(*From Robert McKee‘s blog: The Perils of Stereotypical Storytelling.)
(**From Donald Miller’s Scary Close.)
(^Brian Maue, from gapingvoid’s blog: A blast for the better.)

A peculiar imagination

Yet the imagination gives to everything that it touches a peculiarity, and it seems to me that the peculiarity of the imagination is nobility, of which there are many degrees.*
(Wallace Stevens)

We make our biggest contribution when we dare to do what only a handful will do.**
(Bernadette Jiwa)

I may have read her book seven years ago but I still remember Pamela Slim‘s encouragement as if she was saying it directly to me: You need to find a niche an inch wide and a mile deep.

Every person’s niche is peculiar, formed by our curiosity and passion, our talents and abilities, and our experiences of life.

Never underestimate how powerful a thing this will be in the world.

(*From Wallace Stevens’ The Necessary Angel.)
(**From Bernadette Jiwa’s post The Story of Telling: One of the Few.)

Don’t forget to bring your imagination today

About nobility I cannot be sure that the decline, not to say the disappearance of nobility is anything more a maladjustment between the imagination and reality. […] It is not only that the imagination adheres to reality, but also that reality adheres to the imagination and that interdependence is essential.*
(Wallace Stevens)

In his important book Homo Ludens Johan Huizinga argues that playfulness and seriousness should be held together, that is is only civilisations’ growing sophistications that have separated these.

Add to this Wallace Stevens’ assertion that reality and imagination ought to exist in an interdependent state, and you begin to wonder what we are missing out on when it comes to living with each other, our planet and ourselves.

I hope you get a chance to bring some playfulness and imagination into today – because it’s usually these, and not reality and seriousness, that are left out.

Stevens adds a further level of jeopardy when he claims human nobility is at risk. Nobility may seem a fancy concept but it’s a very functional state of being that is grateful for what we have and seeks to be generous. It is all about how we see and treat each other and our world.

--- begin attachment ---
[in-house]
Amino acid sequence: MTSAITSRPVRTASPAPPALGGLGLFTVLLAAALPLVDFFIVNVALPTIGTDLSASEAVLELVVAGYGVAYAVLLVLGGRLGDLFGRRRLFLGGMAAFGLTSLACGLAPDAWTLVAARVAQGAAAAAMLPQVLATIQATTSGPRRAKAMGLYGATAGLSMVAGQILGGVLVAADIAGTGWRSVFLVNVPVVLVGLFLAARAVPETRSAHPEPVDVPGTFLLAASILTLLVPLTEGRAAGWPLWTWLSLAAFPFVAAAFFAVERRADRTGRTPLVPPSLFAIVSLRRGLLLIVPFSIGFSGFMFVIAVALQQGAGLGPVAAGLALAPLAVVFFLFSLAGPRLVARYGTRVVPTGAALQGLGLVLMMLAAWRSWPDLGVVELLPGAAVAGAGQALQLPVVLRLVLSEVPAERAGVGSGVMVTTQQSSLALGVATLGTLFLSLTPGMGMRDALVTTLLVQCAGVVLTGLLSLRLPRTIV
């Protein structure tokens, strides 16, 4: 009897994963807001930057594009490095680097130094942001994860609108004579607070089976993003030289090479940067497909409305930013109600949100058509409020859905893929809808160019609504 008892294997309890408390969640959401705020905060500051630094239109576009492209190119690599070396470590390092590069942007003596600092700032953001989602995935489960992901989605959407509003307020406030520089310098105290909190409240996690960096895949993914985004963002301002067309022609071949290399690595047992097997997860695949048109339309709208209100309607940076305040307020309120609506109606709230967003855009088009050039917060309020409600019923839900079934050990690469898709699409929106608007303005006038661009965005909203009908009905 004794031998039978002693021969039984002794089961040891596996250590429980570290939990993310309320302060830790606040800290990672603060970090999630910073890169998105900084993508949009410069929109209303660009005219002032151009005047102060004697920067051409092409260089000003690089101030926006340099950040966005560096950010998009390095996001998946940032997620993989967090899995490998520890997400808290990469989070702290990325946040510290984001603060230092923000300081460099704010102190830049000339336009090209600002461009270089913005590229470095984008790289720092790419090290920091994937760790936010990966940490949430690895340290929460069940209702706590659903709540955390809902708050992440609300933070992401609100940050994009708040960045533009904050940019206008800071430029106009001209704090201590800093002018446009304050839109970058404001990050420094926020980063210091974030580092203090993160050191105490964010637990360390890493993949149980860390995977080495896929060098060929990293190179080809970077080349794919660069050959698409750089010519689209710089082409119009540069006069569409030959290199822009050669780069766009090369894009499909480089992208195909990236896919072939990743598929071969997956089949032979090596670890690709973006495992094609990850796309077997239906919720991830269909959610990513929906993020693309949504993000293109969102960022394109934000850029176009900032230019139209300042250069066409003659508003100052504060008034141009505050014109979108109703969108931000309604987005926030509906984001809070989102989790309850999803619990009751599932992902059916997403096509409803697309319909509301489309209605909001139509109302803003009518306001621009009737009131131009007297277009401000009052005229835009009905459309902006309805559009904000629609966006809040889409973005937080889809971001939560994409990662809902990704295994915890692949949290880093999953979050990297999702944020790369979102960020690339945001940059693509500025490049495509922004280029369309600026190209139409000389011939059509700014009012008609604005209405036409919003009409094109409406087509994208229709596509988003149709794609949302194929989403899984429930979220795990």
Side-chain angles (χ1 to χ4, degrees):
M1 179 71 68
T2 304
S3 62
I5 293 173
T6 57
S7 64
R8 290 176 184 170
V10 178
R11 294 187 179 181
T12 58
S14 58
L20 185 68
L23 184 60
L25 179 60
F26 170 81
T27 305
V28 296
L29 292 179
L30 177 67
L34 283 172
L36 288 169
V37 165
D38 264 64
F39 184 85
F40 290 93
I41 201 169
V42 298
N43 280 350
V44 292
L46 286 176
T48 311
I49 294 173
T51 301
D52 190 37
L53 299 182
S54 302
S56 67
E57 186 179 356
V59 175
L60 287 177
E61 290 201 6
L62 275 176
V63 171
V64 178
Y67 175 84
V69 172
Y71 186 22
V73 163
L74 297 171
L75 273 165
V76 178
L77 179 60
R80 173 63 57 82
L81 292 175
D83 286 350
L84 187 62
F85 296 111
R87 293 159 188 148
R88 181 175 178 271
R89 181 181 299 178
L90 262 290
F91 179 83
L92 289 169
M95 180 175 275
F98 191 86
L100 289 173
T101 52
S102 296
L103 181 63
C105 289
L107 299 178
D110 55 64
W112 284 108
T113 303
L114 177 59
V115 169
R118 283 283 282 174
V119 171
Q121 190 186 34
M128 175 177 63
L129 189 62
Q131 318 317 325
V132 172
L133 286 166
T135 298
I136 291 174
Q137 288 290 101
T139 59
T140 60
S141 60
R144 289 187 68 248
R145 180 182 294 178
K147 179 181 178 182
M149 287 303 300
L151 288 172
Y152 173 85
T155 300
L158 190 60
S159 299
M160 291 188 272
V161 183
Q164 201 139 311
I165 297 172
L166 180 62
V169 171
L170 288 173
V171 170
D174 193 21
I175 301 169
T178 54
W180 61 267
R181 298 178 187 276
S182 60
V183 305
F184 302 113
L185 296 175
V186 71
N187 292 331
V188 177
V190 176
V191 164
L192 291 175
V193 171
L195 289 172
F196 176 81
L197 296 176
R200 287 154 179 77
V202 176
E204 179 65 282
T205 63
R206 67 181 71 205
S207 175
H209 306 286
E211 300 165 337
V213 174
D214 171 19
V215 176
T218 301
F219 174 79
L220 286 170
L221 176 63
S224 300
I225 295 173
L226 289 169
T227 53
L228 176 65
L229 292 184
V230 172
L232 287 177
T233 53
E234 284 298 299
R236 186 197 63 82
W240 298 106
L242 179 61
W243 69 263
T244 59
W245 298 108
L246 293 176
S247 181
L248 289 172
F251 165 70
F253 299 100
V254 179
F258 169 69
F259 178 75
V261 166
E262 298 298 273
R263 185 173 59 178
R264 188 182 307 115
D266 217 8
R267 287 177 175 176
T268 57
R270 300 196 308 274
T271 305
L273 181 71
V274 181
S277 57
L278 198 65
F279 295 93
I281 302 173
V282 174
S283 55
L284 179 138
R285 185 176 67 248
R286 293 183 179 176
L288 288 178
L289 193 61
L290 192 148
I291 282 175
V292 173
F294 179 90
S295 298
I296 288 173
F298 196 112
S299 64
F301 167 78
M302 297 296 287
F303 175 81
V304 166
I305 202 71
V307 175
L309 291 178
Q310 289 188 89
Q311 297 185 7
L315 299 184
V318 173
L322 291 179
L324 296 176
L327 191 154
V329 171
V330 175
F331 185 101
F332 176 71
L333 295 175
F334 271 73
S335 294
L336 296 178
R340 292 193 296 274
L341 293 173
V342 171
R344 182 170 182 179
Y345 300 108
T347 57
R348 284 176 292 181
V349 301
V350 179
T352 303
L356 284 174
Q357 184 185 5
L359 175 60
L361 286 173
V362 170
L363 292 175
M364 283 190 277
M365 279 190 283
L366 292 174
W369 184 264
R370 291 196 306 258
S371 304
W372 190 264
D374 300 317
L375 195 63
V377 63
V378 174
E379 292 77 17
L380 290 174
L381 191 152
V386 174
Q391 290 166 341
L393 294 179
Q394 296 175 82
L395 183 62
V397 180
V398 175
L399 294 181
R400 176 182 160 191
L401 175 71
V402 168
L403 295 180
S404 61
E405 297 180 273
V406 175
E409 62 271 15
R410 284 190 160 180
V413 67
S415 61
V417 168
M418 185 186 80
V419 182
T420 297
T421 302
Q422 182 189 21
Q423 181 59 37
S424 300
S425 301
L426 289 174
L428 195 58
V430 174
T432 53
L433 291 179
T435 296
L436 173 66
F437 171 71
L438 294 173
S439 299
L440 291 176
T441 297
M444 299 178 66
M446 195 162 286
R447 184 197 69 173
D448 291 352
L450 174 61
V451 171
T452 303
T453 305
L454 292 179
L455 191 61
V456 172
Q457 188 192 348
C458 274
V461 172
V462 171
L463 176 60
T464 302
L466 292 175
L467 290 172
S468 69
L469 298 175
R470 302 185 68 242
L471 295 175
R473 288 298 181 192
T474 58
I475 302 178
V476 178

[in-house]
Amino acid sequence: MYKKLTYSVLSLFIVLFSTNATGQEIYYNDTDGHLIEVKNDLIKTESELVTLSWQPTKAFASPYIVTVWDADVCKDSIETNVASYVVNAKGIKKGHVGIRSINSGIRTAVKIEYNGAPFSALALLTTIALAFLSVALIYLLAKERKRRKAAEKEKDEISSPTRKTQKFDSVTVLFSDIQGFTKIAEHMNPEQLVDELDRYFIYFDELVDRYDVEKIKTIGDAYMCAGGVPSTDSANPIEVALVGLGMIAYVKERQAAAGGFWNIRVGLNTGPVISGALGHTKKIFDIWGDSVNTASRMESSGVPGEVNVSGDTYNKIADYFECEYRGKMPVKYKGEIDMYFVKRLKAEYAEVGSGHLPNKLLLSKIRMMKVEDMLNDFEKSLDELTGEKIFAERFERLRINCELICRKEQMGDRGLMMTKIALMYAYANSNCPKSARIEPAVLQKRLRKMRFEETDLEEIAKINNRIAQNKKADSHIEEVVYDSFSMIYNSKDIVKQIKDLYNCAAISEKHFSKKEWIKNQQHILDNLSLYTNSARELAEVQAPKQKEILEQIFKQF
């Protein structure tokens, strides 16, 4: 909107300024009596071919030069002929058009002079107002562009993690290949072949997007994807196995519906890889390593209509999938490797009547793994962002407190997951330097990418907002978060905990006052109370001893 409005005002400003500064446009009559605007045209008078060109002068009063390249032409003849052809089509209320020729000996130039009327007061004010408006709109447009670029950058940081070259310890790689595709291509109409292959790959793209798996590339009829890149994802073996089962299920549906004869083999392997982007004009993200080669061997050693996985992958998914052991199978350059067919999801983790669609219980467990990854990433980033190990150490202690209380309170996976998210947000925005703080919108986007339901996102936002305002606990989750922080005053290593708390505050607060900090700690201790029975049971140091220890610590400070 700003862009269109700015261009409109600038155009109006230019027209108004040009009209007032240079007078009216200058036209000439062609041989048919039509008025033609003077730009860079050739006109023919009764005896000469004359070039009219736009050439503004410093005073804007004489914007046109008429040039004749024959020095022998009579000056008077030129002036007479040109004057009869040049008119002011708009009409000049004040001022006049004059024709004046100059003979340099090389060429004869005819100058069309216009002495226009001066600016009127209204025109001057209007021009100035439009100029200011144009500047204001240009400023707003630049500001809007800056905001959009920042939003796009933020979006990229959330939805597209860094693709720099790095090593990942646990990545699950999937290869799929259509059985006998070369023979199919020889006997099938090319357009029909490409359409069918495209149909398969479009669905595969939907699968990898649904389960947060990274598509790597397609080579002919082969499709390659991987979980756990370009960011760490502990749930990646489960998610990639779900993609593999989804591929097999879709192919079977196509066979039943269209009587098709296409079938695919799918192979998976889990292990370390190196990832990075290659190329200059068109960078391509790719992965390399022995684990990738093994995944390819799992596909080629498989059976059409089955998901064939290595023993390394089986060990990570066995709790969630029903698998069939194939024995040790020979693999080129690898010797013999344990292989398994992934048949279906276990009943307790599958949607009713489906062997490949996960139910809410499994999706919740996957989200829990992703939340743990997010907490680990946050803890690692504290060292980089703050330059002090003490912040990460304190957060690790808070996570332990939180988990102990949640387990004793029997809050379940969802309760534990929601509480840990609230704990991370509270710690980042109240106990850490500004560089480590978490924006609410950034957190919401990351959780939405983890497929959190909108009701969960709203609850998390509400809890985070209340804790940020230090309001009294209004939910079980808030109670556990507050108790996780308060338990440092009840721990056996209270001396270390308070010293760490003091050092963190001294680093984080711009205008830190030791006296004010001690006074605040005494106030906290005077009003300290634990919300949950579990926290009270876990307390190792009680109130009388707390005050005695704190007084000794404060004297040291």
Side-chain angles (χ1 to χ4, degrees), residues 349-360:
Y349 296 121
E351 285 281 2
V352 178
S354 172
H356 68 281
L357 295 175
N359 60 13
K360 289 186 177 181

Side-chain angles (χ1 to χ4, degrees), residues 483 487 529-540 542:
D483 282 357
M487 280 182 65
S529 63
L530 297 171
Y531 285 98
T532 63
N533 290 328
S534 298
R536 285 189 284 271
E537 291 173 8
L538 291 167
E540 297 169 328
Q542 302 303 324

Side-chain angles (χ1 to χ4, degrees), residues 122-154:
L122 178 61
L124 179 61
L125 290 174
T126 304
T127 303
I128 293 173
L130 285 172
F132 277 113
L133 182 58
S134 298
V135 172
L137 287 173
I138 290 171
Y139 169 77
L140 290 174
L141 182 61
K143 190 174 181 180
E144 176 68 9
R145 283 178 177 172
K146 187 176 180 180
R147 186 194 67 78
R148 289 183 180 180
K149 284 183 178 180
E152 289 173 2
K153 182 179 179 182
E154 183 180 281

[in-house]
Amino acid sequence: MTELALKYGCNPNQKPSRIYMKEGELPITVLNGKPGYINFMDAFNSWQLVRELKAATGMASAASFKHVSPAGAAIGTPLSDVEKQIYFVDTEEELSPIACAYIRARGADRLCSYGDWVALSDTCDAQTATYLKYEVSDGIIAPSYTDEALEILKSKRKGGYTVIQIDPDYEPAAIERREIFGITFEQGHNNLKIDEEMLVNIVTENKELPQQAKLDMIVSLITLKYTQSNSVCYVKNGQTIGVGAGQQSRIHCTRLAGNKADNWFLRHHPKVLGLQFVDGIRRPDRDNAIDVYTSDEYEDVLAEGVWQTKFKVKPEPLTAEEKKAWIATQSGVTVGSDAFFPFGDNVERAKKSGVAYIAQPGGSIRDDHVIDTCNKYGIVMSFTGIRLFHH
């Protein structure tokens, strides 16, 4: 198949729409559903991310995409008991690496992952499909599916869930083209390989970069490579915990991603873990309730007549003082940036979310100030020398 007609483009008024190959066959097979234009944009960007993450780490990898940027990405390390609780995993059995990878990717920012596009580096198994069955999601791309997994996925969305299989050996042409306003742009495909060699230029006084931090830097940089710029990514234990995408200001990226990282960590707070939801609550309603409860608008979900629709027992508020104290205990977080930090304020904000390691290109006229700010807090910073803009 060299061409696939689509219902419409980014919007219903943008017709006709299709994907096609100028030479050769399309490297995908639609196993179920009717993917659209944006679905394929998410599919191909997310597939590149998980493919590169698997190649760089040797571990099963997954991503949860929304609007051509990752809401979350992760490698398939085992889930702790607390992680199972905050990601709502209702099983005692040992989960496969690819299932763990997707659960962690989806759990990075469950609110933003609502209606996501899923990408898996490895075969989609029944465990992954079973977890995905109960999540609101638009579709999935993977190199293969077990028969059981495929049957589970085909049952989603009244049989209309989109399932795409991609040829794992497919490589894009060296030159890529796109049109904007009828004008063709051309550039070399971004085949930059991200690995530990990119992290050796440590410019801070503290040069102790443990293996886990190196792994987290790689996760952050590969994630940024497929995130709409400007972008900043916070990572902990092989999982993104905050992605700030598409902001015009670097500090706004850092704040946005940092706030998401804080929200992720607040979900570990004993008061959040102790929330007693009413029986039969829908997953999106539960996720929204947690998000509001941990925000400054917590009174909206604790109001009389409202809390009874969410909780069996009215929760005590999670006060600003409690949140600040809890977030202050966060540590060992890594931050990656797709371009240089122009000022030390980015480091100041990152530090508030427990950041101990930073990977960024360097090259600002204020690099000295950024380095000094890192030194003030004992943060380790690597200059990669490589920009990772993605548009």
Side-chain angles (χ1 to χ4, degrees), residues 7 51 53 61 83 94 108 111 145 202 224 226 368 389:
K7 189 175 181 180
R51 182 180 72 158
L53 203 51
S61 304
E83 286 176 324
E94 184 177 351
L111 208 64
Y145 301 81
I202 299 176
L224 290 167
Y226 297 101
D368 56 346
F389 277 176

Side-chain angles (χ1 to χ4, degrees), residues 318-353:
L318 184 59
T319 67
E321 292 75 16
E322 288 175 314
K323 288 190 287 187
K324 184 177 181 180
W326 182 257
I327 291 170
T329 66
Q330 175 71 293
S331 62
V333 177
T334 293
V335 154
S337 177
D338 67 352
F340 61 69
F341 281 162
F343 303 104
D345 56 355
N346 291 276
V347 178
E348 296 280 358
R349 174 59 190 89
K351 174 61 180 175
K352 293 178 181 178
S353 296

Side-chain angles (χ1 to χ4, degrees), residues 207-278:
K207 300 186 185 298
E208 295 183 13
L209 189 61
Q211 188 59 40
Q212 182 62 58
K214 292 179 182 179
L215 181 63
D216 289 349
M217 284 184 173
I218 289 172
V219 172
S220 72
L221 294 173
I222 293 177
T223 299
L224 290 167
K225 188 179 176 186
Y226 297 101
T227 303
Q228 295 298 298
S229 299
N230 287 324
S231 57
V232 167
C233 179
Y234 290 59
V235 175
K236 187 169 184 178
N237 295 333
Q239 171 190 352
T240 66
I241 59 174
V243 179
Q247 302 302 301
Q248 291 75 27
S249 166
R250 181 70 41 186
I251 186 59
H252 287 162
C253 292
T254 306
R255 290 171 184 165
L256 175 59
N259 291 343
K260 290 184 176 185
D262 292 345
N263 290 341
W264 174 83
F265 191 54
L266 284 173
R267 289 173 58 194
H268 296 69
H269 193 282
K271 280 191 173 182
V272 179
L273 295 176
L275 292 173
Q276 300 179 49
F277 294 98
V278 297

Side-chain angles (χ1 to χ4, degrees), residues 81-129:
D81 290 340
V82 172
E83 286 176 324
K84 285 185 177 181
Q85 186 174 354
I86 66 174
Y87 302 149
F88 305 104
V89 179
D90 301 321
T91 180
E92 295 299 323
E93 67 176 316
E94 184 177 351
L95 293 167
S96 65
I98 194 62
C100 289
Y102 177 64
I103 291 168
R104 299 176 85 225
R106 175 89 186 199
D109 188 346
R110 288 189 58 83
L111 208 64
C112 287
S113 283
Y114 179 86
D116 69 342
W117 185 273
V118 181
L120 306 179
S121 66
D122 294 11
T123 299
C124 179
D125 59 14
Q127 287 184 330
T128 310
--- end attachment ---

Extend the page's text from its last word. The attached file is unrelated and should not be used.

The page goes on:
(*From Wallace Stevens’ The Necessary Angel.)

I spy with my little eye someone …

The familiar, precisely because it is familiar, remains unknown.*
(Georg Hegel)

The ego self is by definition the unobserved self, because once you see it the game is over.**
Richard Rohr)

In this conversation, the ego is our false self.

It is the self that does not know itself.

It can claim to be bigger and better than the truth, wanting to be the celebrity.

Other times it claims to be less than the truth with nothing to offer, playing the imposter.

In each of us there is also our true self, the person of courage, generosity and wisdom to be grown.

Once we know this, our ego’s control is lost.

(*Georg Hegel, quoted in John O’Donohue’s Echoes of Memory.)
(**From Richard Rohr’s The Naked Now.)

Just a little bit

Changing the way you do routine things allows a new person to grow inside of you.*

In flow, you are asked to do a task that isn’t so easy as to be mindless but isn’t so hard as to be out of your grasp.**
(Sherry Turkle)

When we value those small things which ask a little more of us, we see how every day is not only an opportunity to reconnect with our unique life journey, but our journey is increasingly transformative.

If you had set out on this path a year imagine just imagine where you may be today.

The good news is you can begin to widen your path today, and set a reminder to see just what has happened by the 26th October 2020.

(*The character Petrus, from Paulo Coelho’s The Pilgrimage.)
(**From Sherry Turkle’s Reclaiming Conversation.)


In coils of wave, winding in dance, the sea
Is too fluent to feel it’s own silence,
Only for the sure gaze and grip of shore
It would not know itself to be the sea.*

(John O’Donohue)

The protagonist in the science fiction novel I was reading used the Buddhist reflective practices of anapana, vipassanā and metta.  Since then, I have used these to add nuance to the Hebrew pause or selah I already use – to be quiet, to be still.

Anapana is about observation and I use it to gather, to be open to all that is around me, including the words I am reading.